Academic journal article ARSC Journal

Judy Garland at the Grove

Academic journal article ARSC Journal

Judy Garland at the Grove

Article excerpt

Judy Garland at the Grove. DRG 19107.

The first appearance of a Judy Garland recording on Compact Disc is cause for celebration among "Judyphiles," and despite the fact that many of her greatest studio, soundtrack, radio, television, and live concert recordings have long since found their way on to remastered CDs, obscure items have been slower in seeing the light of day. Among these, a few overlooked gems from the 1950s recently surfaced. Thanks to DRG Records, the last of Garland's unreleased Capitol Records albums of the 1950s (following a series of studio albums), Judy Garland at the Grove, a live concert recording, is available for the first time in a complete, digitally remastered disc taken directly from the three-track master tapes of the performance (within the past year, DRG also released Garland's collaboration with Gordon Jenkins on a "concept" album The Letter [7369583], recorded for Capitol Records in 1959 (sometimes titled Our Love Letter, in this case replete with alternate takes and original LP cover art).

This is the complete, unedited concert which, unlike the original LP released in 1958, includes three numbers and complete versions of others truncated on the original LP to fit a single disc. Although the three missing numbers were previously issued as single tracks on Classic Judy Garland--The Capitol Years, 1955-65 (Capitol CDP 7243 5 39281 2 4) in 2002, DRG has put all of the pieces back together to offer listeners Garland's first nightclub act, a fifty-minute solo concert eliminating the supporting cast of male singers/dancers who had accompanied Garland in her stage act. Capitol Records, for whom Garland had already recorded several studio albums, decided that the enthusiastic critical response to Garland's Grove opening merited recording the closing performance live in its entirety on 5 August 1958. This comparatively novel decision was unfortunate only in that Garland's voice was tired after her two-week stint at the Grove.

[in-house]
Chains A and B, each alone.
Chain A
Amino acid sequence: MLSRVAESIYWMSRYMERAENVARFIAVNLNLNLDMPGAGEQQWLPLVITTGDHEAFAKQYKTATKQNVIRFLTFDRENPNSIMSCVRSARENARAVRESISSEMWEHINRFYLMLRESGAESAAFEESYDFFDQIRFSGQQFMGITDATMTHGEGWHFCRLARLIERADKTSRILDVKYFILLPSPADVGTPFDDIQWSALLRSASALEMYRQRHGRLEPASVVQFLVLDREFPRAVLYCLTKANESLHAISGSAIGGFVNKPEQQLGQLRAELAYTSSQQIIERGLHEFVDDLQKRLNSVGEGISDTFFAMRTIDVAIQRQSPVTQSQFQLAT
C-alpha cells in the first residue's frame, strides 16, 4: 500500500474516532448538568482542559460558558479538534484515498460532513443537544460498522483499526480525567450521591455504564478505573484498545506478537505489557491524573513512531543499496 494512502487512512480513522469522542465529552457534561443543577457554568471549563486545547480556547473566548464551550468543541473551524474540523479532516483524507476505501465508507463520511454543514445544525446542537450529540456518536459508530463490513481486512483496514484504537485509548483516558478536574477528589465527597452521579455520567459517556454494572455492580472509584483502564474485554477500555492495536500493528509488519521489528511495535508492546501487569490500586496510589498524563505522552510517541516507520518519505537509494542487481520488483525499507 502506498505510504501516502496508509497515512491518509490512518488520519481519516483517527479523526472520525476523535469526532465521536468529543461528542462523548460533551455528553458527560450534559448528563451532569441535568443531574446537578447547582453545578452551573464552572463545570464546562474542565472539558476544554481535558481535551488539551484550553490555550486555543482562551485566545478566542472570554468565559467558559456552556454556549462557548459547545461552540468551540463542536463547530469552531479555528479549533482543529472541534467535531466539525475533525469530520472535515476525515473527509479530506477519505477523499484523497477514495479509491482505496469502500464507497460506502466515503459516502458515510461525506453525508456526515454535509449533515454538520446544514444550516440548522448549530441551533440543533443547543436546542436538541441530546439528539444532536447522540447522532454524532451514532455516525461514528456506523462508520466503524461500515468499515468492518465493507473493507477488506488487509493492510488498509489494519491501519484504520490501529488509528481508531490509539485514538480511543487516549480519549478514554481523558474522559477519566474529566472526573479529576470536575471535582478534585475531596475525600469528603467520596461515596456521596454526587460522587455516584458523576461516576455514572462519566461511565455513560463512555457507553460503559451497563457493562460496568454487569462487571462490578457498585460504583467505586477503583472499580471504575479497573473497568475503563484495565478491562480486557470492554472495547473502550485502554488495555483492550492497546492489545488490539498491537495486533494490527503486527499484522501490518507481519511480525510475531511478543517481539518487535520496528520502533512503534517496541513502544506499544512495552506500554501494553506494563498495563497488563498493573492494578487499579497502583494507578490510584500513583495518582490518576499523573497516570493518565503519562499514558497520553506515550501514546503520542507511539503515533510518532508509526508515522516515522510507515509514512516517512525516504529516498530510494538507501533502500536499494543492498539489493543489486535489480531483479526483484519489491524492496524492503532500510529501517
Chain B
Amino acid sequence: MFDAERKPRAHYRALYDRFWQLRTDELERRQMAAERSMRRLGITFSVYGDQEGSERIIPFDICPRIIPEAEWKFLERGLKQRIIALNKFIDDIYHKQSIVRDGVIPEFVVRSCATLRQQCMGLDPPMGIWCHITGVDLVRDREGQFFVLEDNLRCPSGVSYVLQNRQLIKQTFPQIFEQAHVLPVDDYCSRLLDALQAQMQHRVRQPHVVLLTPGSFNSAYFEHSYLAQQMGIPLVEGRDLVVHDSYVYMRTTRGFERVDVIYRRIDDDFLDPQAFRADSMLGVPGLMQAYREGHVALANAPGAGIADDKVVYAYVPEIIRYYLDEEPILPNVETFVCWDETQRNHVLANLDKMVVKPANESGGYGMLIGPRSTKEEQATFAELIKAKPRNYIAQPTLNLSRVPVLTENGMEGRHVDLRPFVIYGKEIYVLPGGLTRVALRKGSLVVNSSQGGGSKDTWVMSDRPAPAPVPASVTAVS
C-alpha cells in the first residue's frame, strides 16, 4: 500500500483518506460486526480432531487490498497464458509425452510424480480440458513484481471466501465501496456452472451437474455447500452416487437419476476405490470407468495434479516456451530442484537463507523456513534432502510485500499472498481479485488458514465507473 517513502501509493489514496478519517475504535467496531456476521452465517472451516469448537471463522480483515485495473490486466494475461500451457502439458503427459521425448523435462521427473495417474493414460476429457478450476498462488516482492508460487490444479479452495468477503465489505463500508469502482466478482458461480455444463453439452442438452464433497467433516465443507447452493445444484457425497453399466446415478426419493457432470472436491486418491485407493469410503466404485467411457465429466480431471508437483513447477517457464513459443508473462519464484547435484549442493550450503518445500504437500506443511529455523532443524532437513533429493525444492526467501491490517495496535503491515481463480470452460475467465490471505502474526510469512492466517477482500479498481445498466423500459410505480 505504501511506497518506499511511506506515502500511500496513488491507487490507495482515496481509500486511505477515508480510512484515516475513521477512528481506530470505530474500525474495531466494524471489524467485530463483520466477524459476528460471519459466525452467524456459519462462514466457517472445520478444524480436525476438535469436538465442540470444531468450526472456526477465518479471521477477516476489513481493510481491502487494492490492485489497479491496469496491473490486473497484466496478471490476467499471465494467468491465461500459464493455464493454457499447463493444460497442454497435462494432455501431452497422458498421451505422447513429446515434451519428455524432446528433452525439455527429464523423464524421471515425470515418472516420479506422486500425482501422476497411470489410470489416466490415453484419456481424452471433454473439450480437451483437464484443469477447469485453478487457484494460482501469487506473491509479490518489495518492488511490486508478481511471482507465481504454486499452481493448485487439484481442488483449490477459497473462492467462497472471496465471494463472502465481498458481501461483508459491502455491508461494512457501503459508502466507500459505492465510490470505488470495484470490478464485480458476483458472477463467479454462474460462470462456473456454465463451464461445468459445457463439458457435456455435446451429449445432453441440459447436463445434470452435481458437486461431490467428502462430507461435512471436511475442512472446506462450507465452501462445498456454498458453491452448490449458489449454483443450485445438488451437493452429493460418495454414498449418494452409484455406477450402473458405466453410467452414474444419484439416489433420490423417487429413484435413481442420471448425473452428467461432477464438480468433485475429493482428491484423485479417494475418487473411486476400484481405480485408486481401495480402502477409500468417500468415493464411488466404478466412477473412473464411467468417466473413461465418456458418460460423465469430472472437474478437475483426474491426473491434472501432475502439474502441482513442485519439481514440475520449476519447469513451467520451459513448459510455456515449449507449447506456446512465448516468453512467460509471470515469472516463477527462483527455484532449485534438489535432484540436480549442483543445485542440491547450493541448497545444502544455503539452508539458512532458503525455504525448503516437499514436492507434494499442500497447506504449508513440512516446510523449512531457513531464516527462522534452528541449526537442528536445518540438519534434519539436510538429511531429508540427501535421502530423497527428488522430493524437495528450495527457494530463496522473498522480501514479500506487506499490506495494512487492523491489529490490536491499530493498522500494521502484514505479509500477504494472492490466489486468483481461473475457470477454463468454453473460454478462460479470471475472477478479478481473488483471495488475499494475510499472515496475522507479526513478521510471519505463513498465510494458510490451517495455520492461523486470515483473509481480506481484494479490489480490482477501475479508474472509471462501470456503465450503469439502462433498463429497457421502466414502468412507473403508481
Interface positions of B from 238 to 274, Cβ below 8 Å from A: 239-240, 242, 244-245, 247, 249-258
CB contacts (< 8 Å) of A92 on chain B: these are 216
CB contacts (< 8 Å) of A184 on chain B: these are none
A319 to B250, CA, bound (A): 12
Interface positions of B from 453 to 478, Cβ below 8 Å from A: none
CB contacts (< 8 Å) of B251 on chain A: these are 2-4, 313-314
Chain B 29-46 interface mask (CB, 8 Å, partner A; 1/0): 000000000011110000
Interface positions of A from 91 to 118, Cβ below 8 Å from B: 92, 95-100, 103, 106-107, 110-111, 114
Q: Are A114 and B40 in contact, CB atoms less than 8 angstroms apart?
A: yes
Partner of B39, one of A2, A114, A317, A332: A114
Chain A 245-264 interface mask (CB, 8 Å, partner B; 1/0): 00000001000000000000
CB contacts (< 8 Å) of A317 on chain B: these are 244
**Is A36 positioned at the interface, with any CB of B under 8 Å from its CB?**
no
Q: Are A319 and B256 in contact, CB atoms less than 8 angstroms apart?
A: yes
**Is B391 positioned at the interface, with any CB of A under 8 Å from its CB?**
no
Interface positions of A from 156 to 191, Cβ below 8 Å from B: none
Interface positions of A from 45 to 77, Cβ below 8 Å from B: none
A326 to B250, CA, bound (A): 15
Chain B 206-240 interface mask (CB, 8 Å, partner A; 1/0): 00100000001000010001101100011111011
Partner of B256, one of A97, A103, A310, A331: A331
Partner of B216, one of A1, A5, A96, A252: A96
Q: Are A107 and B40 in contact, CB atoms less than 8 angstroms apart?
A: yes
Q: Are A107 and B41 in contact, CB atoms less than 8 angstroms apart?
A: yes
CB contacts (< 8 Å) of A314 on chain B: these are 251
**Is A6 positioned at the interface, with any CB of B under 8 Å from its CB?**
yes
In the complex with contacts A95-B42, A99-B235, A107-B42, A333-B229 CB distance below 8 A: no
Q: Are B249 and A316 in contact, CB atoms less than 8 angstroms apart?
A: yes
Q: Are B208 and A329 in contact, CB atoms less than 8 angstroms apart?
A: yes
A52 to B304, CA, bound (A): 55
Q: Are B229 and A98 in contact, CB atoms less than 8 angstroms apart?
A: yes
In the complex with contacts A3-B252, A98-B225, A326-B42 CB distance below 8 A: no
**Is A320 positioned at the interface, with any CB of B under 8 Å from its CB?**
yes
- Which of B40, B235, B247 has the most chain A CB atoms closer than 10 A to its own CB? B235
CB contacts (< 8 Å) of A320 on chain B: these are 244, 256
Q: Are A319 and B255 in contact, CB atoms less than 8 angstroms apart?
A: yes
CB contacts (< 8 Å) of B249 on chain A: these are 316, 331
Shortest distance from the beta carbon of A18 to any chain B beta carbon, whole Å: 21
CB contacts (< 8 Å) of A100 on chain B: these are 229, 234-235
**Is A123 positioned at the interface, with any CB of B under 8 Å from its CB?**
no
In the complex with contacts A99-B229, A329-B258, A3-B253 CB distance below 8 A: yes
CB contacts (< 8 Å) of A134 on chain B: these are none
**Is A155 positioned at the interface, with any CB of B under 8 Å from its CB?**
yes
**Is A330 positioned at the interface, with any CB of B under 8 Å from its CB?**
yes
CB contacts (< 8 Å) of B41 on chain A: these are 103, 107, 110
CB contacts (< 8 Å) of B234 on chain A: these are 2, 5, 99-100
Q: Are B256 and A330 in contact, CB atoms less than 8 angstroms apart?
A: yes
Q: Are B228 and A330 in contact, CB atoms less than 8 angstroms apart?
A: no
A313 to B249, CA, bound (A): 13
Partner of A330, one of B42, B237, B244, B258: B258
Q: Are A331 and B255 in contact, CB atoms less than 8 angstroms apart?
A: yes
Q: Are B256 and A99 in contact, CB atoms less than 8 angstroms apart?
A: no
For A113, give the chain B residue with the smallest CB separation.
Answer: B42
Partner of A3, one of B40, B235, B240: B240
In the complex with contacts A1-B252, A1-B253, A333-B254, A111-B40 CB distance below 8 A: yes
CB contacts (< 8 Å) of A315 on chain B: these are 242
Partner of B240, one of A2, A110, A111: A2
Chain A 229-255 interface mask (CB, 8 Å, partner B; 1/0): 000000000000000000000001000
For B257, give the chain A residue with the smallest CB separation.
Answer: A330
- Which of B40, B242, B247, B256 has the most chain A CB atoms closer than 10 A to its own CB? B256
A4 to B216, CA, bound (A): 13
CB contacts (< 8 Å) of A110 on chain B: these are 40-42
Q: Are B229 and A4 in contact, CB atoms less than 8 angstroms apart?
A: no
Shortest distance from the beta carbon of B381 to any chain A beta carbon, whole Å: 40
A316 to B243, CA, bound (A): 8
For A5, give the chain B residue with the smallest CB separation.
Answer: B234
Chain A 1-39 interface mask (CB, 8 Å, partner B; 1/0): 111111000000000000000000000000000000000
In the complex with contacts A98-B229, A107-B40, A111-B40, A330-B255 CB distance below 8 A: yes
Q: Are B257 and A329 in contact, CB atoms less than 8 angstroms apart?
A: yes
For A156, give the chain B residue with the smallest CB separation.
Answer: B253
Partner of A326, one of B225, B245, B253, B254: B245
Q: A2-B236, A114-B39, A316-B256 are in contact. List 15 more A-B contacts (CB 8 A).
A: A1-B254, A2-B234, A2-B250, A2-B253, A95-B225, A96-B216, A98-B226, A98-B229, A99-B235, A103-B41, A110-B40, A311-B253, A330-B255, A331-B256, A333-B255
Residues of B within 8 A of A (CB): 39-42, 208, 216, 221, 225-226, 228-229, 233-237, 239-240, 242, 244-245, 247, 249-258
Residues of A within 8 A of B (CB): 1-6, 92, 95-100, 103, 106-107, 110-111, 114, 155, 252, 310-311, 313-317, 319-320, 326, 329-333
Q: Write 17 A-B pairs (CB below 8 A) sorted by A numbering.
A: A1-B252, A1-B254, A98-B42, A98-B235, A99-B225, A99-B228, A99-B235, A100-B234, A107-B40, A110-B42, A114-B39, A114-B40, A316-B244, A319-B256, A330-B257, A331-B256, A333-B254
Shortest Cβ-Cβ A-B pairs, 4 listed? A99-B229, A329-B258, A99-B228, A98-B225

Otherwise, there is much to relish in Judy Garland at the Grove, beginning with the fact that this was the first commercially-released "live in performance" recording Garland made, paving the way for what is arguably the greatest recording of her career, Judy at Carnegie Hall (available in several variations, including a 24-carat gold set [GZS (2)-1135/1 & 2], a two-disc set [CDP 7 09913 2], and the fortieth anniversary edition [7243527876-2-3]). This Grammy-winning two-record album of a 23 April 1961 Carnegie Hall concert captured her in the best vocal condition of her later-day career. Garland skillfully performs a long and demanding program for an audience whose enthusiastic response reaches almost orgiastic proportions (admiration for this performance is such that Garland's Carnegie Hall program was recently repeated by Rufus Wainwright (and recorded under the title Rufus Does Judy at Carnegie Hall [Geffen Records, B000XMZJX8]), who toured it to many of the U.S. and European venues Garland played in the early 1960s. The comparatively brief Cocoanut Grove show does not by any means equal the titanic Carnegie Hall program, nor does it intend to, for here Garland performs a small scale program in a more intimate setting. It is also worth noting that in 1958 Garland's career was at its lowest ebb--alarmingly overweight and physically exhausted, within a year she was hospitalized with a near-fatal bout with hepatitis. Doctors urged her retirement, but after a few months rest Garland took on a grueling European tour prior to returning to America for a series of some forty concerts culminating at Carnegie Hall and leading to a major career revival in movies (Judgment at Nuremberg, A Child Is Waiting, and I Could Go on Singing), two acclaimed television specials, and a year-long (1963-64) CBS-TV variety series. The cancellation of the series led to mounting financial debts and unfortunate personal woes climaxing in Garland's death from an accidental drug overdose at forty-seven in 1969. …

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